Net Cash Flows Used for Financing Activities

Our net cash flows used for financing activities in 2015 was RMB45,439 million, representing an increase of 2.5% from RMB44,312 million in 2014. This was primarily due to a combined effect of our efforts in optimizing financial arrangement, strengthening the management of our interest-bearing borrowings, overall arrangement and optimization of our debt structure and the increase of repayments of borrowings in 2015, and the decrease of balance of short-term borrowings as of December 31, 2015.

Our net cash used for financing activities was RMB44,312 million for the year ended December 31, 2014, representing an increase of RMB32,073 million compared to the net cash outflows of RMB12,239 million used for financing activities for the year ended December 31, 2013. This was primarily due to our efforts to strengthen the management of our interest-bearing borrowings and to optimize our debt structure.

Our net cash used for financing activities was RMB12,239 million for the year ended December 31, 2013, representing a decrease of RMB87,595 million as compared with the net cash inflows of RMB75,356 million from financing activities for the year ended December 31, 2012. This was primarily due to our efforts to strengthen the management of our interest-bearing borrowings and to optimize our debt structure, resulting in a decrease in the net new borrowings during the reporting period as compared with the preceding year.

Our net borrowings as of December 31, 2013, 2014 and 2015 were as follows:

 

     As of December 31,  
     2013      2014      2015  
     (RMB in millions)  

Short-term borrowings (including current portion of long-term borrowings)

     192,767         169,128         106,226   

Long-term borrowings

     302,862         370,301         434,475   
  

 

 

    

 

 

    

 

 

 

Total borrowings

     495,629         539,429         540,701   
  

 

 

    

 

 

    

 

 

 

Less:

        

Cash and cash equivalents

     51,407         73,778         72,773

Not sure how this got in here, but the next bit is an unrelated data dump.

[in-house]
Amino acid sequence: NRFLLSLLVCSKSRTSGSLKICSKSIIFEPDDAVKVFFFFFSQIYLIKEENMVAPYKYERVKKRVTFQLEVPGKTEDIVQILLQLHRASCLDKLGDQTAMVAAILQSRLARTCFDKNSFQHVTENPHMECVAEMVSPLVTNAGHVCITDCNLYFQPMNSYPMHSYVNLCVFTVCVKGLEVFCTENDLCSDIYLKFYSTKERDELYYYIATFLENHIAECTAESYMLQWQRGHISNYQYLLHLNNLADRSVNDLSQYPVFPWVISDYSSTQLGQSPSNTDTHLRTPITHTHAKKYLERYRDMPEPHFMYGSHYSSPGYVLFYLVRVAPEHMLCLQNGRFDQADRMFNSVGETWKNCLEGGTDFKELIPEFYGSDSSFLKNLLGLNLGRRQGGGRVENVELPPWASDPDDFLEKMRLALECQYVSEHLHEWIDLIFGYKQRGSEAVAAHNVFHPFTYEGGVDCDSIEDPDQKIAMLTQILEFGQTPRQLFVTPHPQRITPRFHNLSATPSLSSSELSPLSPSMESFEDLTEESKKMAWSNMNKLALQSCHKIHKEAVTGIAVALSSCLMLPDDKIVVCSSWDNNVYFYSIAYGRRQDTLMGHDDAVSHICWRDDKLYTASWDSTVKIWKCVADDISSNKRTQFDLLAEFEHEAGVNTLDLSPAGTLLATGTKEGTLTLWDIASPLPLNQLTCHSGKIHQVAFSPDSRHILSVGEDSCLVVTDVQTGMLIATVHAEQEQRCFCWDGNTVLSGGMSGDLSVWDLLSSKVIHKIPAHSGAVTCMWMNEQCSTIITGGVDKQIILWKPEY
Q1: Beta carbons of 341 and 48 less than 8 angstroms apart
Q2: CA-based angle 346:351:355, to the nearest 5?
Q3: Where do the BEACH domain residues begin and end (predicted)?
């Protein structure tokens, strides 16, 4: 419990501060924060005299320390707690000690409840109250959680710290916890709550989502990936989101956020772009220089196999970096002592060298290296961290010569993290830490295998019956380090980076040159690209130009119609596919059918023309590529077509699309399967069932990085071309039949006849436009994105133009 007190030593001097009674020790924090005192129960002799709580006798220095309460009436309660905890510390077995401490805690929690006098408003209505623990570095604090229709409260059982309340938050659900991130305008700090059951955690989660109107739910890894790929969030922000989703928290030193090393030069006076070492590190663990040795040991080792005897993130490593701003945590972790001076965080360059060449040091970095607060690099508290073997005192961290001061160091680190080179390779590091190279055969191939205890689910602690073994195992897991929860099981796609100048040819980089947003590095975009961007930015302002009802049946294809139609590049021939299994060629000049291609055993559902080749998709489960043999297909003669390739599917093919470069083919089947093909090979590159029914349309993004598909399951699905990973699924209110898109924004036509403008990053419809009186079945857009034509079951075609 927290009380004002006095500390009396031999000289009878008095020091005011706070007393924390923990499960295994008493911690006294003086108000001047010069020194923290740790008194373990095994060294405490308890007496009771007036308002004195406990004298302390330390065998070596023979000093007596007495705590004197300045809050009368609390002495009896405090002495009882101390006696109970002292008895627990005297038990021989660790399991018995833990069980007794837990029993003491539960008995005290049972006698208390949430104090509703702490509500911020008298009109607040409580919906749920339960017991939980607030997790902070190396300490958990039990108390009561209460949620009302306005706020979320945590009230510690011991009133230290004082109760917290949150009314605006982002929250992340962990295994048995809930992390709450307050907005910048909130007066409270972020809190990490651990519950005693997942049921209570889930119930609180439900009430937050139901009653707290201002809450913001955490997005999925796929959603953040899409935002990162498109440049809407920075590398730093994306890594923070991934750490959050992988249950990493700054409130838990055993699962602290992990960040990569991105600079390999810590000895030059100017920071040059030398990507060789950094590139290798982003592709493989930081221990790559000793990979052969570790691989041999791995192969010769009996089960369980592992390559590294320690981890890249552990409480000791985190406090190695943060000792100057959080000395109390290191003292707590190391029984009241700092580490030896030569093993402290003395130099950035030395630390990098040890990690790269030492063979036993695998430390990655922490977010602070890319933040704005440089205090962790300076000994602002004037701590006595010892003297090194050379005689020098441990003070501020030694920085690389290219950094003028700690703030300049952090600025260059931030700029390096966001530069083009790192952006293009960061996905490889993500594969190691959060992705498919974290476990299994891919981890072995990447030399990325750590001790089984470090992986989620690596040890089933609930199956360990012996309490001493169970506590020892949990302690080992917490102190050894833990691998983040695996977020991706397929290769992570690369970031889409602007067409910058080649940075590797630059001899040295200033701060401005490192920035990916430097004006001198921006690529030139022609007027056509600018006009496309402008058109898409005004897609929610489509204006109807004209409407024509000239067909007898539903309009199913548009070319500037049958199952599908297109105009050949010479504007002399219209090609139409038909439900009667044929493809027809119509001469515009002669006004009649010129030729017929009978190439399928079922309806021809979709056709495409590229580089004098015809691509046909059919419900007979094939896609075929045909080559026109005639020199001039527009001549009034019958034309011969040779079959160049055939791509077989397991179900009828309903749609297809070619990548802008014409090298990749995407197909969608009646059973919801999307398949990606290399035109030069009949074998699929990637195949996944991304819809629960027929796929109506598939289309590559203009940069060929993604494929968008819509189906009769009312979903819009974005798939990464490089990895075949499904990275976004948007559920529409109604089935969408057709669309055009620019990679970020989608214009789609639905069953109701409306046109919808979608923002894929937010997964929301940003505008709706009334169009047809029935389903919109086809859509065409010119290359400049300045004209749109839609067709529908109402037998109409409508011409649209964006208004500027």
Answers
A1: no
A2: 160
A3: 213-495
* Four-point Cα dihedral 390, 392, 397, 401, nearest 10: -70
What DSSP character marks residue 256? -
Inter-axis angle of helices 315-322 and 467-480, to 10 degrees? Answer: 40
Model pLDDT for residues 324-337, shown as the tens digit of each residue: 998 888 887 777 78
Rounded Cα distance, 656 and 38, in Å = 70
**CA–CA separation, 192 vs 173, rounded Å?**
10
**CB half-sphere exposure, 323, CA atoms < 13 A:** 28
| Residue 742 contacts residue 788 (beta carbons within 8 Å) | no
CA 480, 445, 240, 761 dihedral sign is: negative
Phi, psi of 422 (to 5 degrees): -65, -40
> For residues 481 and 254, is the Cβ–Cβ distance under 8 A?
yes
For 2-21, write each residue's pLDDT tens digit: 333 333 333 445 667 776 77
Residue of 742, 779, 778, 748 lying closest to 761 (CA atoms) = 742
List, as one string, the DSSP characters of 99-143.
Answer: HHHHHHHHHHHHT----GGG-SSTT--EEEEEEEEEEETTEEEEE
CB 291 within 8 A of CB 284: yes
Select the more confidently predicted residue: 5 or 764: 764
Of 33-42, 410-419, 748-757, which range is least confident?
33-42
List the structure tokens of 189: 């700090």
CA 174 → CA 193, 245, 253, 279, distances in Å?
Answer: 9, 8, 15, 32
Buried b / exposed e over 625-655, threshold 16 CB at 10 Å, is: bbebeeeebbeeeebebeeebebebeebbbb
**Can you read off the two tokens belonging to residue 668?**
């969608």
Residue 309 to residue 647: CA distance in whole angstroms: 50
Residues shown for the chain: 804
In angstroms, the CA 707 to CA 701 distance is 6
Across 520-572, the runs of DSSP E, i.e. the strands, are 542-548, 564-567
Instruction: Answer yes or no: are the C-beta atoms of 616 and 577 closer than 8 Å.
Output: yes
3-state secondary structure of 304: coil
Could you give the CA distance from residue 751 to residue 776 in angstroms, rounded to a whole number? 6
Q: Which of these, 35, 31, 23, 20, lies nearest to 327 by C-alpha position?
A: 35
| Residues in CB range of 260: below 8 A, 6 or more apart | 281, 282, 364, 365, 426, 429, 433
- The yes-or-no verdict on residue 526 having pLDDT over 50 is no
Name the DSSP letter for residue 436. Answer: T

Net borrowings

     444,222         465,651         467,928   
  

 

 

    

 

 

    

 

 

 

Our total borrowings as of December 31, 2015 consisted of approximately 66.3% of fixed-rate loans and approximately 33.7% of floating-rate loans. Of our borrowings as of December 31, 2015, approximately 76.4% were denominated in Renminbi, approximately 22.2% were denominated in US Dollars and approximately 1.4% were denominated in other currencies.

 

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Our total borrowing as of December 31, 2014 consisted of approximately 63.2% fixed-rate loans and approximately 36.8% floating-rate loans. Of our borrowing as of December 31, 2014, approximately 74.6% were denominated in Renminbi, approximately 24.8% were denominated in US Dollars and approximately 0.6% were denominated in other currencies.

Our total borrowings as of December 31, 2013 consisted of 67.8% fixed-rate loans and approximately 32.2% floating-rate loans. Of our borrowings as of December 31, 2013, approximately 75.9% were denominated in Renminbi, approximately 23.3% were denominated in US Dollars and approximately 0.8% were denominated in other currencies.

Our debt to capital ratio (calculated by dividing interest-bearing debts by the aggregate of interest-bearing debts and shareholder’s equity) as of December 31, 2013, 2014 and 2015 was 28.1%, 29.0% and 28.7%.

As of December 31, 2015, the outstanding amount of our debts secured by CNPC and its subsidiaries and other third parties was RMB72,625 million.

Capital Expenditures and Investments

In 2015, we focused on the principles of quality and profitability for capital expenditures, continued to optimize our investment structure, and increased investment in upstream oil and gas projects in order to enhance our sustainable development capability. In 2015, our capital expenditures were RMB202,238 million, representing a decrease of 30.7% from RMB291,729 million in 2014.

The table below sets forth our capital expenditures and investments by business segment for each of the years ended December 31, 2013, 2014 and 2015 as well as those anticipated for the year ending December 31, 2016. Actual capital expenditures and investments for periods after January 1, 2016 may differ from the amounts indicated below.

 

     2013      2014      2015      2016
Anticipated
 
     (RMB in
millions)
     %      (RMB in
millions)
     %      (RMB in
millions)
     %      (RMB in
millions)
     %